Copy test: how to handle functional illiteracy?
In The Netherlands 2.5 million people are considered functionally illiterate. These individuals are still able to read and write, but they experience difficulty understanding the content. Being functionally illiterate means a person can have trouble comprehending emails and written reports in their work environment. It also means they will have a hard time filling out complex forms, digesting medical and financial leaflets, or even reciting books to their children. These individuals naturally make up a portion of your audience – but how clear or murky is your messaging to them?
Finding an answer to this may seem easy. You can simplify your written content and avoid using flowery language rich with difficult words. But there’s much more to it than that. As a communication professional, you need to consider several important factors when producing your content…
If your communication features any financial, legal, medical or technical information, consider that this text can be full of confusing terminology and industry jargon. What do your colleagues think of the text you have produced? Can they even understand the blurb on compound interest? It’s highly likely that your communication is too long and far too complex for a functionally illiterate person to absorb. And that’s a problem.
Let’s go one step further – if your communication is representing one of your clients, how will they react knowing the text potentially goes over the head of a large proportion of their target audience? Exactly. Delivering your client’s message as clearly as possible should be a top priority (it’s ours), as it will deliver positive results for everyone involved.
These problems all have solutions. We’ve collected our insider tips to guide you toward that goal of writing a perfect piece of communication that appeals your audience, including those who are functionally illiterate:
6 clear letter writing essentials
- Set your target – Focus on the key message to reach that target, requesting the opinion of your colleagues when it comes to clarity.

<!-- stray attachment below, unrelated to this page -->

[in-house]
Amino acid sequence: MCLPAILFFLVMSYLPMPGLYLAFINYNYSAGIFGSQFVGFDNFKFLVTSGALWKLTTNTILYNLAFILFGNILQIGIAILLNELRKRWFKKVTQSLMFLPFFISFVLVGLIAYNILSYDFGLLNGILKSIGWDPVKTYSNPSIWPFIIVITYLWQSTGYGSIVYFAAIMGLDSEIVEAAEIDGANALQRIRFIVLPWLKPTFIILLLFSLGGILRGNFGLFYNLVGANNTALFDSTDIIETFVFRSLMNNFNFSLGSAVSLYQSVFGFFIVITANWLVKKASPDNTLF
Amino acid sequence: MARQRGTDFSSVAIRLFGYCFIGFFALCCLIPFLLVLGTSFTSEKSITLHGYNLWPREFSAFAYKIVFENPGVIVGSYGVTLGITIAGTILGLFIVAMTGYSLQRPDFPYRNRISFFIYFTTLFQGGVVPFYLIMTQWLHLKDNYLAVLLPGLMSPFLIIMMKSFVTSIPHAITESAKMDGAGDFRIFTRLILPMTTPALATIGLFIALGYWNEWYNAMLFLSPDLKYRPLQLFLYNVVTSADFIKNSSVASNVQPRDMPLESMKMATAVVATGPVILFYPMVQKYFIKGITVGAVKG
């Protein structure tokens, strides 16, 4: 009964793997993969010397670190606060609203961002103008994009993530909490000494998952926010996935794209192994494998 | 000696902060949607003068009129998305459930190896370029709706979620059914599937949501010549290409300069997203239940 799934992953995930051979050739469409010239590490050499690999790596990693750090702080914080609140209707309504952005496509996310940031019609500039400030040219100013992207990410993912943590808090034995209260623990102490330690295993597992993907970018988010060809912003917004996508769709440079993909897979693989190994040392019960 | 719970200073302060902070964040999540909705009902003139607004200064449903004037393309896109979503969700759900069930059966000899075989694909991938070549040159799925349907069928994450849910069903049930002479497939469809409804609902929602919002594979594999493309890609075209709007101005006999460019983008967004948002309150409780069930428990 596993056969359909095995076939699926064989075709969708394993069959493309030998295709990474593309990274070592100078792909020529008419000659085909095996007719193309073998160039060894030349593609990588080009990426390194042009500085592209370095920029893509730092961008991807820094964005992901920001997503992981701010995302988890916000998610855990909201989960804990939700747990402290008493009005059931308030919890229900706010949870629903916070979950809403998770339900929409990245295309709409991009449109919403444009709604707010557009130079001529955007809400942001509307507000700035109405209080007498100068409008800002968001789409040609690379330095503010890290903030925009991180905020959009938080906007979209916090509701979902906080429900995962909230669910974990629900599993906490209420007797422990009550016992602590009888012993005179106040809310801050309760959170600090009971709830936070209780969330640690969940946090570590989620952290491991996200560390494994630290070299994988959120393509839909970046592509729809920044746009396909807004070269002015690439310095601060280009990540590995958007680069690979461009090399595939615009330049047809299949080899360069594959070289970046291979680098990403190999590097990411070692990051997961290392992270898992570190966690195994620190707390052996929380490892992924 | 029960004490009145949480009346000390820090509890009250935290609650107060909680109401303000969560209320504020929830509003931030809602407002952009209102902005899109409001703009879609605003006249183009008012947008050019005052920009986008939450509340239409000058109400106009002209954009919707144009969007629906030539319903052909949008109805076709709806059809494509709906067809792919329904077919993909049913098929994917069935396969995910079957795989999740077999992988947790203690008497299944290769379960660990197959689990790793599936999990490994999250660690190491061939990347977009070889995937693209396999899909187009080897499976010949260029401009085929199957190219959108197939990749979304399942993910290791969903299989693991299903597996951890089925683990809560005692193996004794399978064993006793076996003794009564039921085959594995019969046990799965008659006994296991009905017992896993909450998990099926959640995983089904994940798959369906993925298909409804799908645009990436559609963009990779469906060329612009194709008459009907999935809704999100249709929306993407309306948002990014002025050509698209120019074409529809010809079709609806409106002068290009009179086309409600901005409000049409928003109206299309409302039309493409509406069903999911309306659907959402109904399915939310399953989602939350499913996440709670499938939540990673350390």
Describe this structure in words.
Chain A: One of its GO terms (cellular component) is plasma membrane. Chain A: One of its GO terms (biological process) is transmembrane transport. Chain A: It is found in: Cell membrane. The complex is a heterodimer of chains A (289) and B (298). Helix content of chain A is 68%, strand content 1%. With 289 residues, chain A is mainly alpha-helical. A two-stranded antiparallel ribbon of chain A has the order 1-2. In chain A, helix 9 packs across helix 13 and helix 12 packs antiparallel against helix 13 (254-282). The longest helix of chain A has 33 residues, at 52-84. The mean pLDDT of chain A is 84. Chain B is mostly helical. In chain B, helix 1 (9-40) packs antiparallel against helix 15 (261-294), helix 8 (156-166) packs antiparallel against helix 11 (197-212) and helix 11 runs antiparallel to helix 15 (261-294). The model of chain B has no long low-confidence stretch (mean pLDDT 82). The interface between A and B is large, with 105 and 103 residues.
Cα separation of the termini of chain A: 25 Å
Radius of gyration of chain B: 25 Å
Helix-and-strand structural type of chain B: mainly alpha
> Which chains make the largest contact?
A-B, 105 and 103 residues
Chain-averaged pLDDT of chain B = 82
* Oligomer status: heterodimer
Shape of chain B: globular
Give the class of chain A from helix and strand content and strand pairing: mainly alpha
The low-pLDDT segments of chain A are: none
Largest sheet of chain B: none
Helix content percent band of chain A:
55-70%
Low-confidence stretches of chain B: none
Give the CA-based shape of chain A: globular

- Don’t use difficult words – Use simple synonyms to make the same point.
- Do use signal words – They will help your reader navigate through the text.
- Don’t write in a complex style – Avoid long sentences by keeping the style short and sharp.
- Do use pictures and infographics – Images make it easier to interpret concepts than words alone. Plus, they look cool.
- Don’t write passively – Avoid waffling and the unnecessary use of words to describe something that’s actually quite straightforward.
Get an official sense check
At Sprint, we are experts at testing written communications to ensure they make sense to a specific audience. We provide this professional service in such a way that you not only gain a clear indication of the current state of your text, but we suggest immediate points of improvement too.
Our process involves selecting 100 people from your target group and spending 24 hours gathering feedback from them, based on certain criteria, to assess your marketing content.
With our Copy Test, you can get concrete answers to important questions:
- Is the key message clear to your target group?
- Does your target group remember the key message?
- Are there are any questions that remain unanswered?
- What are your target groups’ likes and dislikes – are the paragraphs too long? Words too complicated? Concept too vague?
- What does your text need to make your key message more powerful?
Your invitation: copy check and feedback in 24 hours
We invite you to send us your written content, and we will hand you the results of your Copy Test in just 24 hours. Our recommendations will be realistic and actionable, so you can make immediate changes to improve the content before your audience see it.
A Copy Test with us involves engaging 100 individual respondents from your target audience from as little as €695. You’ll be doing everything in your power to ensure your message doesn’t end up in a bin somewhere!
Still having doubts whether this is a solid investment in your marketing content? Of course it would be cheaper not to test your content, but consider this: how much time and budget resource does it cost to write a really, really good piece of copy? Add to that the cost of distributing your communication, follow-up customer service calls triggered from an unclear message, overtime for staff cleaning up the miscommunication… you get the picture.
Your audience may not be ready for your content yet, but we certainly are!